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Tamboran Volcano - Year Without A Summer. This cold period caused death, famine, migrations, Frankenstein and Karl Marx.

Updated on June 6, 2020
Christofers Flow profile image

Christofer spent 10 years in family counseling. Later he obtained a Psy. D.. His focuses: Health, History, Astrology, Politics and Fables

With 70% Water Covering Our Surface, Unexpected Volcanic Activity Can Affect Watery Air Flow

In 1816 --- The “Year Without A Summer” Was Caused By Volcanic Outbursts

To sum it up: The Tambora was the largest eruption in recorded history. It blew its top on April 10, 1815.

Between 1812 and 1815 - Eruption deposits indicate the volcano had been active.

While the April 10 eruption was catastrophic;

all of the other effects of the multiple volcanic outbursts, enough ash was put into the atmosphere to cause GLOBAL COOLING.

Historic Moments-These Events Seemed Also To Affect Economies and Revolutions

There are several reasons the "Year Without A Summer" occurred. We were having the "Dalton Minimum" - a period of low sunspot activity causing cold in general and there were four other volcanoes which preceded the Tambora one.

Not Only Tambora, But Four Other Volcanoes From 1812 to 1814

The big Tambora volcano on the Island of Sumbawa, of the Dutch East Indies, was one dramatic "blow" with an explosivity index of 7. But what probably directly contributed, along with the "Dalton Minimum", were the more minor Tambora volcanoes between 1812 and 1814 and 4 other earthquakes with explosivity indexes of 4 in the below.

What About The Caribbean and The Northern Pacific?

In the Caribbean, in 1812, on the Island of Soufriere there was a volcano. Indonesia experienced a volcano on the Sanghihe Islands in 1812.

The Ryukyu Islands in Japan experienced one in 1813, and then the Phillippines on Mayon in 1814. These were not as immense as Tambora, but they were not lightweights either. There was much accumulated ash by the time Tambora blew.

American Western Expansion Commences - Joseph Smith's Family Leaves Vermont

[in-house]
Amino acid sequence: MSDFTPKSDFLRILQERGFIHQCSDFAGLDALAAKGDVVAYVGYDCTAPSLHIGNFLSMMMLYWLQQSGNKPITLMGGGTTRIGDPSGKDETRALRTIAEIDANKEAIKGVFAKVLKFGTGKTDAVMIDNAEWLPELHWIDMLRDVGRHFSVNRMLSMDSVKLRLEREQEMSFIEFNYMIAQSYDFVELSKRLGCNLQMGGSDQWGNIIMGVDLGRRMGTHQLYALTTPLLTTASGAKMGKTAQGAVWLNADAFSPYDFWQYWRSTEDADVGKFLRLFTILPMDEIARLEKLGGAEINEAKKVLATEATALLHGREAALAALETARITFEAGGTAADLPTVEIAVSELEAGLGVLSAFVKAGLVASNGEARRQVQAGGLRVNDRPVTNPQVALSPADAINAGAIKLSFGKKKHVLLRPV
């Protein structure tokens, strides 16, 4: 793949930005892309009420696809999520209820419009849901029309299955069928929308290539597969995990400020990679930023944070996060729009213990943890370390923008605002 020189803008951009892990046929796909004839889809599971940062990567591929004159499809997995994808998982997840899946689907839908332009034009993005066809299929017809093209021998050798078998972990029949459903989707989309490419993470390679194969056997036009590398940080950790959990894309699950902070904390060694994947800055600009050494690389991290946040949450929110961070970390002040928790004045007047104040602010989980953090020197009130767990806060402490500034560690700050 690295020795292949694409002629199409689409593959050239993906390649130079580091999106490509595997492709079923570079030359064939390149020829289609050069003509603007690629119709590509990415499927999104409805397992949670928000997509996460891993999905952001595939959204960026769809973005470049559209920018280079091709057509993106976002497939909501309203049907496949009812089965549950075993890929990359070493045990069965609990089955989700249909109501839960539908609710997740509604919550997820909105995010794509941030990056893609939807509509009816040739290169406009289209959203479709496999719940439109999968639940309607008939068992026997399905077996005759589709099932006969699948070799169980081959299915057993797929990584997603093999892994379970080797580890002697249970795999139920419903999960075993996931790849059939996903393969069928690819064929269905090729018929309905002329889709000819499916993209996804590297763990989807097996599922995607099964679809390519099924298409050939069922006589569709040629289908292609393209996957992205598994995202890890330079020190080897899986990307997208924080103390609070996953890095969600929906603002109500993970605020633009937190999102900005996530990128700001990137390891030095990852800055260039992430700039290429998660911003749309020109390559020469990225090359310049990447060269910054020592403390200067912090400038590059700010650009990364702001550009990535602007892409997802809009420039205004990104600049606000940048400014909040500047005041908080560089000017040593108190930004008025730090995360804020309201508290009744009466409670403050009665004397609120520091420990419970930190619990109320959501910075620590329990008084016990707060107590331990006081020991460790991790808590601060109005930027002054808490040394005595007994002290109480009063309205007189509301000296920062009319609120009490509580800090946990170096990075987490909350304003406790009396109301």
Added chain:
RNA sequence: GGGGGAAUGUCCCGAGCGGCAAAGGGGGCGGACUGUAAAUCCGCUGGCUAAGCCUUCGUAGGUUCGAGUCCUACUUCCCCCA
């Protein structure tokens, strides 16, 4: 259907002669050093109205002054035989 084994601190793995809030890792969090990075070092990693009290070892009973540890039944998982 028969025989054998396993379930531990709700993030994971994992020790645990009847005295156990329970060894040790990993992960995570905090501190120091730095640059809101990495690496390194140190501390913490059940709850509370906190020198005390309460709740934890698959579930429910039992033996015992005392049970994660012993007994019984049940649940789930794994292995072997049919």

The crop failures of the “Year Without A Summer” forced the family of Joseph Smith to move from Sharon, Vermont to Palmyra, New York. From western New York, the Mormons then began a series of migrations that took them to the mid west, and then they finally fled to Utah, in a kind of Exodus to a "promised land", under the leadership of Brigham Young, a man whose family also came from the western New York area.

The Biggest Migration Not Caused By War, in All of History

Western New York became an important destination from New England because of this weather. People decided to pick up and move since they were contemplating moving west anyway. The cold weather combined with a sense of "population explosion" or "feeling crowded", if you can believe it, moved upon the settlers and farmers in New England. 15 years later, in the 1830's, with many New Englanders already having left their original homes, because of the volcano, there began the biggest migration not caused by a war, in all of history.

The area of the mid west was absolutely wide open and there for the settling. Michigan, Indiana, Ohio, Illinois, Wisconsin, Iowa, Minnesota all began to be settled by this "puritan" population which was originally from the New England area. Ultimately the entire northern tier of the west, all the way to Seattle, was settled by this same peaceful migration of New England "puritans".

Europe is Frigid

Europe, at this time, was still recovering from Napoleon and the destruction his last "Waterloo" brought to the whole area.

And don't think it was over because of the "Year Without A Summer". Precipitating famine, disease, lack and hardship caused a typhus epidemic between 1816 and 1819. Probably over 200,000 people perished during this period; (Ireland and Switzerland being the most impacted with population mortality).